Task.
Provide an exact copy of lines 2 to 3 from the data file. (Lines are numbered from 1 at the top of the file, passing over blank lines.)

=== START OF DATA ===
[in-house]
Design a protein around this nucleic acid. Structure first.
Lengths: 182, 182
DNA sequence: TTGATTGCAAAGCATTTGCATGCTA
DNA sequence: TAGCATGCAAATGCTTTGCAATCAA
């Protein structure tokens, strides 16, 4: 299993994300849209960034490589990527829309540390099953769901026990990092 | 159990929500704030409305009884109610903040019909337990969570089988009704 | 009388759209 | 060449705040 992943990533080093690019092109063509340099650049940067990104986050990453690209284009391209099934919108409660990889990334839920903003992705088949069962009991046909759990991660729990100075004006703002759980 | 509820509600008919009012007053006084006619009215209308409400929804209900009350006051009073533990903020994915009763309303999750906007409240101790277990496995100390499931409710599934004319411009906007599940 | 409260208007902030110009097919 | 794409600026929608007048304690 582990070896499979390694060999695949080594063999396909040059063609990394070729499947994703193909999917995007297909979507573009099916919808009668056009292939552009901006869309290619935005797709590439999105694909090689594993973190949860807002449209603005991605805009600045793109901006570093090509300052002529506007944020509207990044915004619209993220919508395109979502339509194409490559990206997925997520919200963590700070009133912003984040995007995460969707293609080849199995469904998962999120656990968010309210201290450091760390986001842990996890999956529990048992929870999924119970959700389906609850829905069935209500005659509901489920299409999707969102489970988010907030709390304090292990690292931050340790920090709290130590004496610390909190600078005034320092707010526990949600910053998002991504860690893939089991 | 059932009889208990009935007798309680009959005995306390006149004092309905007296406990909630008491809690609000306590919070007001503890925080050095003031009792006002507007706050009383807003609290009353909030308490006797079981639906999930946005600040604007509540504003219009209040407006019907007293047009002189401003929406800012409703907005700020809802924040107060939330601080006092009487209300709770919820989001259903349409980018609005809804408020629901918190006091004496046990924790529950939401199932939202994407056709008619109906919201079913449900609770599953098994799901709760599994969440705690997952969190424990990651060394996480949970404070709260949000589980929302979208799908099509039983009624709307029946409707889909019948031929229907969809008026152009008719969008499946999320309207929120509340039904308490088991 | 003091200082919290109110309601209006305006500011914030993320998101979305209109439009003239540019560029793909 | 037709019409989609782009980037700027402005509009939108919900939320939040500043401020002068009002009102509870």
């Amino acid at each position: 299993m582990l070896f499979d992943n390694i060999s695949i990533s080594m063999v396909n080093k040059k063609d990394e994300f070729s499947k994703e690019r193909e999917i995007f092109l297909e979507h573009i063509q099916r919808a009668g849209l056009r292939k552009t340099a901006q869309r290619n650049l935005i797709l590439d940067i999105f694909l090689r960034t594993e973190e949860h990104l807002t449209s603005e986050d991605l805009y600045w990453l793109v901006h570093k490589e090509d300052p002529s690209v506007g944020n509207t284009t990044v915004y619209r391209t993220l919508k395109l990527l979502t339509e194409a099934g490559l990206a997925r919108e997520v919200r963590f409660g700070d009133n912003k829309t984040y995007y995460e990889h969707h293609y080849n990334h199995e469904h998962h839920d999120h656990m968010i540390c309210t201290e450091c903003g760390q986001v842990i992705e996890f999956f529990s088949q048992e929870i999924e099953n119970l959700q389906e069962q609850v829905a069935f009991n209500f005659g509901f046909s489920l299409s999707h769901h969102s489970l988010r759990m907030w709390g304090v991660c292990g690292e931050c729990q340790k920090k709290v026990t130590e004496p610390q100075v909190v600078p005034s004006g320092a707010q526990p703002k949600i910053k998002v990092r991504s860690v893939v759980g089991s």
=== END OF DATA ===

Design a protein around this nucleic acid. Structure first.
Lengths: 182, 182